Translation by Iran Press Watch
HRANA ‒ Fariba Ashtari, a Baha’i resident in Yazd, was detained by security forces on Monday, December 2, and taken to an unknown location. Officers also searched Ms. Ashteri’s home during her detention and seized some of her personal belongings. Also, Kimia Pour Sadeghian and Nasim Shoghi, mother and daughter Baha’i residents of Zahedan who were arrested by security forces on Tuesday, November 19, were released on bail pending the end of the proceedings.
According to HRANA, the news agency of Human Rights Activists in Iran, on Monday, December 2, Fariba Ashtari, a Baha’i resident of Yazd, was arrested at her home by security forces and taken to an unknown location.
During their visit to Ms. Ashtari’s home and her arrest, five of the Ministry of Intelligence agents are said to have also searched her home and seized some personal belongings, including cell phones, computers and books related to the Baha’i Faith.
It should be noted that this Baha’i citizen is suffering from heart disease, and has recently undergone two surgeries.
Fariba Ashtari in 2014 was sentenced to two years of imprisonment and a one year suspended prison sentence on charges of “propaganda against the state” and “membership in the Baha’i community organization.”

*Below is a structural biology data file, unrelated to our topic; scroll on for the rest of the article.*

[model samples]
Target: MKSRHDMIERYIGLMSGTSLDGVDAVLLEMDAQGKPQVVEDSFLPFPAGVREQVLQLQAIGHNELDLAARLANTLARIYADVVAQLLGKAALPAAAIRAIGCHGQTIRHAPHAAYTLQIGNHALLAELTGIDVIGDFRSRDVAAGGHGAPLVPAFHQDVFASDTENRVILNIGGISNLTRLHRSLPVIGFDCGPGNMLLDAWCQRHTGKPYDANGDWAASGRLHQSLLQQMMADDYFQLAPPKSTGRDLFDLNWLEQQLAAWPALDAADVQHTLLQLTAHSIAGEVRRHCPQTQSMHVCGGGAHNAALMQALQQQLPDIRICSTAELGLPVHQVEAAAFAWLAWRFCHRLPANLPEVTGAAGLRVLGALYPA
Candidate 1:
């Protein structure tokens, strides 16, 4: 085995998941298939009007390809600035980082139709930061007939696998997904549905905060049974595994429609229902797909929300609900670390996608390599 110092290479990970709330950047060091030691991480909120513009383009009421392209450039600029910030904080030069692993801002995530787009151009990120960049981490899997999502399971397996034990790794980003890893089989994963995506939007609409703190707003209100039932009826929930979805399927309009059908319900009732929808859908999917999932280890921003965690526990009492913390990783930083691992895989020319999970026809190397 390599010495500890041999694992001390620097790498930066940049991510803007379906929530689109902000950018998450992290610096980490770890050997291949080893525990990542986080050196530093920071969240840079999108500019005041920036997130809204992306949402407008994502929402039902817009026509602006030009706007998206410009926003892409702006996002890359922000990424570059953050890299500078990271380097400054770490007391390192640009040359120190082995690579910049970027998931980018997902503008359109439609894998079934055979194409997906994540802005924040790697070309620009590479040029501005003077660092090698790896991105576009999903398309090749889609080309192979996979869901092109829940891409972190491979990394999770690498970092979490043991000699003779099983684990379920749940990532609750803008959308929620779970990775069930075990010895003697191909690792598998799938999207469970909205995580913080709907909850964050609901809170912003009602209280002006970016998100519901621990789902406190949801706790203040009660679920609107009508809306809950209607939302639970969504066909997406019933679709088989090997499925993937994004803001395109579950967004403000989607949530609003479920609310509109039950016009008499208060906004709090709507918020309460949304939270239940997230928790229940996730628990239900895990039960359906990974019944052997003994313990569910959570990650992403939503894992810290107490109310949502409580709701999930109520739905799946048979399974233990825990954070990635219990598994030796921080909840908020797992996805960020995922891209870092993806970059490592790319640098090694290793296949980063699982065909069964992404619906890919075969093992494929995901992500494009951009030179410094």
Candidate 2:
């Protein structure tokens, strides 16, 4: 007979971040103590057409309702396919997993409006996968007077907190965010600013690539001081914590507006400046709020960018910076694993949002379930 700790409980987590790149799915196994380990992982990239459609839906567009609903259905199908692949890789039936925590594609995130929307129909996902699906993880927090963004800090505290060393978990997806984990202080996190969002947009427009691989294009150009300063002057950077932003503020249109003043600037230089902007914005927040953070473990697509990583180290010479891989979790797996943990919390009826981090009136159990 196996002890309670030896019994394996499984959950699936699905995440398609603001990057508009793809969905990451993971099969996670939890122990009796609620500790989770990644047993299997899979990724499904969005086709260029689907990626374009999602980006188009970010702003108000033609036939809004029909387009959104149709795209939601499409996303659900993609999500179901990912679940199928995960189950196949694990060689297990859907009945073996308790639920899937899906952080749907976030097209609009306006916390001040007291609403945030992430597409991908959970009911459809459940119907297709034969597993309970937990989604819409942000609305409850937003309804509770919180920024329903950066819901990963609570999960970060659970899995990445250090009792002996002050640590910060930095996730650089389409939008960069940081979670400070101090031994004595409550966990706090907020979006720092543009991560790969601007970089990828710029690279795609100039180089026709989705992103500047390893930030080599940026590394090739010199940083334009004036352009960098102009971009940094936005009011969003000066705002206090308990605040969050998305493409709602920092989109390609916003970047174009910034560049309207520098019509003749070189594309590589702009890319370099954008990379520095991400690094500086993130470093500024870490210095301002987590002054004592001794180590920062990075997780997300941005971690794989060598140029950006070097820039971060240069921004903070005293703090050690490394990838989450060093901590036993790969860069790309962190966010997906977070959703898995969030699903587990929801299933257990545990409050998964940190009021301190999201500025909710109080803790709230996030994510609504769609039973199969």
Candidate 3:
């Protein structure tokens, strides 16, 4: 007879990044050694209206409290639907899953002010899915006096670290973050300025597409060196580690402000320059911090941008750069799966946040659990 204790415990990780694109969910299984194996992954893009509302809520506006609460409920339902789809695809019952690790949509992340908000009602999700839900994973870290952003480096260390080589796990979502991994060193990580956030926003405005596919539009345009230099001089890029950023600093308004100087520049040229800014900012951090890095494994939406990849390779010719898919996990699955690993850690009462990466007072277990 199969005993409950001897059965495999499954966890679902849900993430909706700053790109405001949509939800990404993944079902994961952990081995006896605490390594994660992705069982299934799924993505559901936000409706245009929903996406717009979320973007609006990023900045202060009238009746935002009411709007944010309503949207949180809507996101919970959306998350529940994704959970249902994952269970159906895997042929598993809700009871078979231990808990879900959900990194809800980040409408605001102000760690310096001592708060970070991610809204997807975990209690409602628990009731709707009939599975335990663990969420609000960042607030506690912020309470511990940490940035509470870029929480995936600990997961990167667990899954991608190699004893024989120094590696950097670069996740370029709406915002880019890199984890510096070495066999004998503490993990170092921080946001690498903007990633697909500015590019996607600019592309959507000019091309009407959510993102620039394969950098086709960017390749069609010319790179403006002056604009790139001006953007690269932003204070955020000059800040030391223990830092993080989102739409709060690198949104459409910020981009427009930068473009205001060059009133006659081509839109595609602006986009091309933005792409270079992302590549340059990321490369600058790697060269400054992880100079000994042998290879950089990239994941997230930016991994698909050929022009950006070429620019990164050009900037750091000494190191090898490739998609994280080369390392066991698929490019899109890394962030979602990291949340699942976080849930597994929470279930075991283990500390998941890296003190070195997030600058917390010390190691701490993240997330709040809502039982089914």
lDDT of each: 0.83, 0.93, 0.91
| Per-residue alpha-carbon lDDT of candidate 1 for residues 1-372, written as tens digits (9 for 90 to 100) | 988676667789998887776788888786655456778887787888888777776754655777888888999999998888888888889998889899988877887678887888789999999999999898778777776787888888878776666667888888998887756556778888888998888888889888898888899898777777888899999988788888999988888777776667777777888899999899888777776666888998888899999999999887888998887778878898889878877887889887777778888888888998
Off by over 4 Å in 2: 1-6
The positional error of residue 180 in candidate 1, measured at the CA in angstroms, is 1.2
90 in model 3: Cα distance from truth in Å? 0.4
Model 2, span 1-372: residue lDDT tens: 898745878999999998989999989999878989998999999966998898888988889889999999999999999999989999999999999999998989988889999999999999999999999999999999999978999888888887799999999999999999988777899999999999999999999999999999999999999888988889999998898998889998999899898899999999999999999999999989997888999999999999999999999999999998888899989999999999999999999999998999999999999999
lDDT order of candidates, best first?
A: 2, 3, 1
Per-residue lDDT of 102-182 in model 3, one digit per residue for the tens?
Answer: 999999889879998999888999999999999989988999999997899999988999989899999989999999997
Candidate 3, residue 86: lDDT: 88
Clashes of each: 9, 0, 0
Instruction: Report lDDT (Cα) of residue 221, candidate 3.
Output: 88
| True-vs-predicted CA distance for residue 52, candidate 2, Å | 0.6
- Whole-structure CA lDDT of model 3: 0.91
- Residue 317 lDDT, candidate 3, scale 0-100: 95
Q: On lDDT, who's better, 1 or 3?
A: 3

Ms. Ashtari’s husband, Naser Bagheri, is currently serving a nine-month sentence in Yazd Prison. Faez Bagheri, Fariba Ashtari’s son, has also been sentenced to 3 years in prison by the Revolutionary Court of Yazd.
Also, Kimia Pour Sadeghian and Nasim Shoghi, Baha’i mother and daughter residents of Zahedan, were released on bail on Wednesday, December 4, until the end of court proceedings.
The two Baha’i citizens were arrested by security forces on Tuesday, November 19, and taken to an unknown location. Officers also searched the mother and daughter’s home at the time of their arrest, and seized some of their personal belongings, such as laptops and some handwritten notes.
Baha’i citizens in Iran are systematically denied freedom of religious belief,even though under Article 18 of the Universal Declaration of Human Rights and Article 18 of the International Covenant on Civil and Political Rights, everyone has the right to freedom of religion and religious conversion with conviction and the freedom to express it individually or collectively, and in public or in private.
According to unofficial sources in Iran, there are more than three hundred thousand Baha’is, but the Iranian Constitution recognizes only the religions of Islam, Christianity, Judaism, and Zoroastrianism; it does not recognize Baha’ism ‒ therefore, over many years, Baha’is rights have been systematically violated.